My business is keeping watch on my own thoughts and actions. Mary Baker Eddy writes, “Christian Science commands man to master the propensities, – to hold hatred in abeyance with kindness, to conquer lust with chastity, revenge with charity, and to overcome deceit with honesty. Choke these errors in their early stages, if you would not cherish an army of conspirators against health, happiness, and success.”

As Paul says, we all must work out our “own salvation.”  It’s rewarding work. It’s satisfying work. And it’s also enough work to fill my moments and my days for eternity. Who has time to worry about working out someone ELSE’s flaws and foibles, when I have enough of my own to worry about?

Spinning heads and pea soup, be gone!

A Lesson from Cows

Enclosed in man’s fences
ears numbered and tagged
their bodies may be owned
by humans (as some humans
might brag) –
but the fences and tags
can’t heed the flow
of Soul, put boundaries
on Love. Still they know
Love, still they show
Love.
– Karen Molenaar Terrell

(Cow photos by Karen Molenaar Terrell.)

Gift from a Mormon Friend

Like many of you, I have been spending time in COVID-19 lockdown going through old boxes and bins, sorting and cleaning and trying to bring some order to the accumulation of decades. And, again probably like many of you, I have found treasures in the boxes and bins.

One of the treasures I found this week was the inscription that a friend wrote to me in a copy of The Book of Mormon that she gave me. My friend, Mary, had been a teaching colleague and my sons’ elementary school music teacher. She was an extraordinary music teacher – but beyond her skills and talents as a music teacher, Mary was one of the most kind and loving people I have ever known. She radiated joy and warmth.

Mary was (and still is) a Mormon (LDS) and her religion is an important part of who she is. When she entrusted me with a copy of The Book of Mormon, I felt really honored and privileged by her gesture. I made an effort to read the book when she first gave it to me, but, for whatever reason, I was never able to get very far into it. Her inscription in the book meant a lot to me, though. The inscription came from a place of love – and, for me, it was the most important part of her gift. Mary wrote:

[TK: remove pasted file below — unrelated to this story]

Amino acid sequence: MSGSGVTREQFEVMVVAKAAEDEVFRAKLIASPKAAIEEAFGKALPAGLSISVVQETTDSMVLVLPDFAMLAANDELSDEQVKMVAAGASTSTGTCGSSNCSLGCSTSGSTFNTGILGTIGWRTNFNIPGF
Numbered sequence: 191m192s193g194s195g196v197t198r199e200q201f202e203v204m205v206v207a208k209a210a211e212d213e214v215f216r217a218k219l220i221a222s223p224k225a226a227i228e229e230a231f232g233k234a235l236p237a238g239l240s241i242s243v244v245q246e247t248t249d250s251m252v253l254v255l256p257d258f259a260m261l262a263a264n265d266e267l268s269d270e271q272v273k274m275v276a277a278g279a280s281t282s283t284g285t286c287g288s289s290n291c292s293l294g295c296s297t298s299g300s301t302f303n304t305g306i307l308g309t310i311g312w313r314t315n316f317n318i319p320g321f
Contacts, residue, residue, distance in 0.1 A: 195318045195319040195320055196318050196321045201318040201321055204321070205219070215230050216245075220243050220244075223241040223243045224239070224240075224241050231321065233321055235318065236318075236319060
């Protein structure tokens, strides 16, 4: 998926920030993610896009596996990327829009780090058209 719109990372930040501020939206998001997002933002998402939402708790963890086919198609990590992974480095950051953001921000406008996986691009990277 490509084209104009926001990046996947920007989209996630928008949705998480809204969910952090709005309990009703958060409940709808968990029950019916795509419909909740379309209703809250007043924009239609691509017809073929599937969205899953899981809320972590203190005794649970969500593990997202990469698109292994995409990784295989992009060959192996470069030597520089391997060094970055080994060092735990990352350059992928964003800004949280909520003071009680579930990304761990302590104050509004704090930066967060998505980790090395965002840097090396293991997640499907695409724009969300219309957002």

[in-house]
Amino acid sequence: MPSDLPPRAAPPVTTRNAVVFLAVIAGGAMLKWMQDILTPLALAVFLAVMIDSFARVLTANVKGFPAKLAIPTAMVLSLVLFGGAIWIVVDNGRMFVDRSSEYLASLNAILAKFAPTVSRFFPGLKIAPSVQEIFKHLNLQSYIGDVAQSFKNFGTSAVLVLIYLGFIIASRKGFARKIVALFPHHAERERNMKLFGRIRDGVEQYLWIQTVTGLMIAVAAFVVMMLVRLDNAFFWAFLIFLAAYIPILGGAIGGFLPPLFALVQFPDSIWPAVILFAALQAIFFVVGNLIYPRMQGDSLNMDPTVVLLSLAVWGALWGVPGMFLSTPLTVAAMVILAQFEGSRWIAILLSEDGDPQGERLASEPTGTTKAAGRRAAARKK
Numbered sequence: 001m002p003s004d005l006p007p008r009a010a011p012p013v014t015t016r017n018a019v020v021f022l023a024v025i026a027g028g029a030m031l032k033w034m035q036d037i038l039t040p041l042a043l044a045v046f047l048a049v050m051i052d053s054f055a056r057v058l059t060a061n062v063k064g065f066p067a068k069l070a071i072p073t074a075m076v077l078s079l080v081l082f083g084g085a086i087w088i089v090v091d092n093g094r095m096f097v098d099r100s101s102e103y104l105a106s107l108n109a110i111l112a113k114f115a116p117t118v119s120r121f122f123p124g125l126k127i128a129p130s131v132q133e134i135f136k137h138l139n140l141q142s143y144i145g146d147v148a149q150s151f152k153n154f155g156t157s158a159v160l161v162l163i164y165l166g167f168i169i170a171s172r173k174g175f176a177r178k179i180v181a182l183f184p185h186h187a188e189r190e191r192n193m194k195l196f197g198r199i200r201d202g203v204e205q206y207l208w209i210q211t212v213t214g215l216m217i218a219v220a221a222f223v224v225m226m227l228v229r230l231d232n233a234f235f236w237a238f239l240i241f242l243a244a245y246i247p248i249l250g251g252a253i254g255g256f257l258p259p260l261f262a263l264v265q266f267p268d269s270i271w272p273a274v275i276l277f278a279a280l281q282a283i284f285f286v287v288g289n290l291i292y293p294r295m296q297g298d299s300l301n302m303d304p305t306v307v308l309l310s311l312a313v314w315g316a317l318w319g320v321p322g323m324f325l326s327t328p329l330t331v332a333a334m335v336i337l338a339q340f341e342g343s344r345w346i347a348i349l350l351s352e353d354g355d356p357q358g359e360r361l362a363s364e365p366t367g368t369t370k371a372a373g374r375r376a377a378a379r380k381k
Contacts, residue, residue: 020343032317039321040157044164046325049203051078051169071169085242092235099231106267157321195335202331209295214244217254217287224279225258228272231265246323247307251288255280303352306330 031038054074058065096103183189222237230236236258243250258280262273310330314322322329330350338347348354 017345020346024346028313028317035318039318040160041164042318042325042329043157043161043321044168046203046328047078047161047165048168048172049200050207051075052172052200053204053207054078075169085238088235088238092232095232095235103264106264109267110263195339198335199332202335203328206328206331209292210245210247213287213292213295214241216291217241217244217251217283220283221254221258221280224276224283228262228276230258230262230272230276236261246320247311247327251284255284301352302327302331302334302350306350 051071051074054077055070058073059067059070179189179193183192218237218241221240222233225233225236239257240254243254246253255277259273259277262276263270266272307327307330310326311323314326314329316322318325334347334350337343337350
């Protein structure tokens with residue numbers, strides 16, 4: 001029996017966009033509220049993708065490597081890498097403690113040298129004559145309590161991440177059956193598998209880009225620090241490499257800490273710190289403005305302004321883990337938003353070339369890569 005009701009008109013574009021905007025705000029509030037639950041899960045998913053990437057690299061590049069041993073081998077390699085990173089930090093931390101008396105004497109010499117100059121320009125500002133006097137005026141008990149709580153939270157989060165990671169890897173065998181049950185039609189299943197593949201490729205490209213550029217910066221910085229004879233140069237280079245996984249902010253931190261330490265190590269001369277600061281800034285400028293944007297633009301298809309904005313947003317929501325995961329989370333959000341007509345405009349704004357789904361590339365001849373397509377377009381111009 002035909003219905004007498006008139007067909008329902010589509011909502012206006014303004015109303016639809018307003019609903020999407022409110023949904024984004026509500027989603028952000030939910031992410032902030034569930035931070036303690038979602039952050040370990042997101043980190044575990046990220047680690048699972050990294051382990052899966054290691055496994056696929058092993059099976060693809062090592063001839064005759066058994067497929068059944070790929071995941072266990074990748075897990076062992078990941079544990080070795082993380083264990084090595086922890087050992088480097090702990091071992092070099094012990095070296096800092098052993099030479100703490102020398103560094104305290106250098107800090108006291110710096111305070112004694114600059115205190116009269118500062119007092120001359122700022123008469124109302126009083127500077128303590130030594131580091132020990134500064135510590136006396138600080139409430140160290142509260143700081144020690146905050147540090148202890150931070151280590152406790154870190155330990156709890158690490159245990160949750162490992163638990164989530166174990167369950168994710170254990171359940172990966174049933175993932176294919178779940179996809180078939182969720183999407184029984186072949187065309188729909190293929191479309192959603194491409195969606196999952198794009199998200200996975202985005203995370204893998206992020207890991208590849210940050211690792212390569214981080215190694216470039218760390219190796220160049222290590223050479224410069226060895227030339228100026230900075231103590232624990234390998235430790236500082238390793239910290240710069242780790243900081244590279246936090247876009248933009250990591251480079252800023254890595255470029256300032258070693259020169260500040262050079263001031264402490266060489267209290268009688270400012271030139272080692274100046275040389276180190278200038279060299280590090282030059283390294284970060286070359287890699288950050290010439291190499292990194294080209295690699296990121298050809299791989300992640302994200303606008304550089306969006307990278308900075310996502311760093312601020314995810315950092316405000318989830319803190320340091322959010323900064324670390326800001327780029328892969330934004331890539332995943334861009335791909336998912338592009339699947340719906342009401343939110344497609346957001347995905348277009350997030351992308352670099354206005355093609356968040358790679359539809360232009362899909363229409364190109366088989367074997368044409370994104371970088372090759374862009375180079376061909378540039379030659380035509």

Dear Karen (and family)
While working with you at Edison School I have come to love and appreciate you for the special person you are.

I tried to think what I might give you to show my appreciation for our friendship. This book is the most precious thing I could think of…

I so appreciate Mary’s courage in giving me a book that meant so much to her. I think she is a wonderful representative of her beliefs and faith.

I enjoy learning how other people see the world. I enjoy seeing other perspectives. I’ve never been one of those people who felt the need for everyone else to believe exactly as I believe about stuff. I figure, in the end, no matter what path we take, we’re all going to end up in the same place, anyway – living in Love.

“A purpose of human life, no matter who is controlling it, is to love whoever is around to be loved.”
– Kurt Vonnegut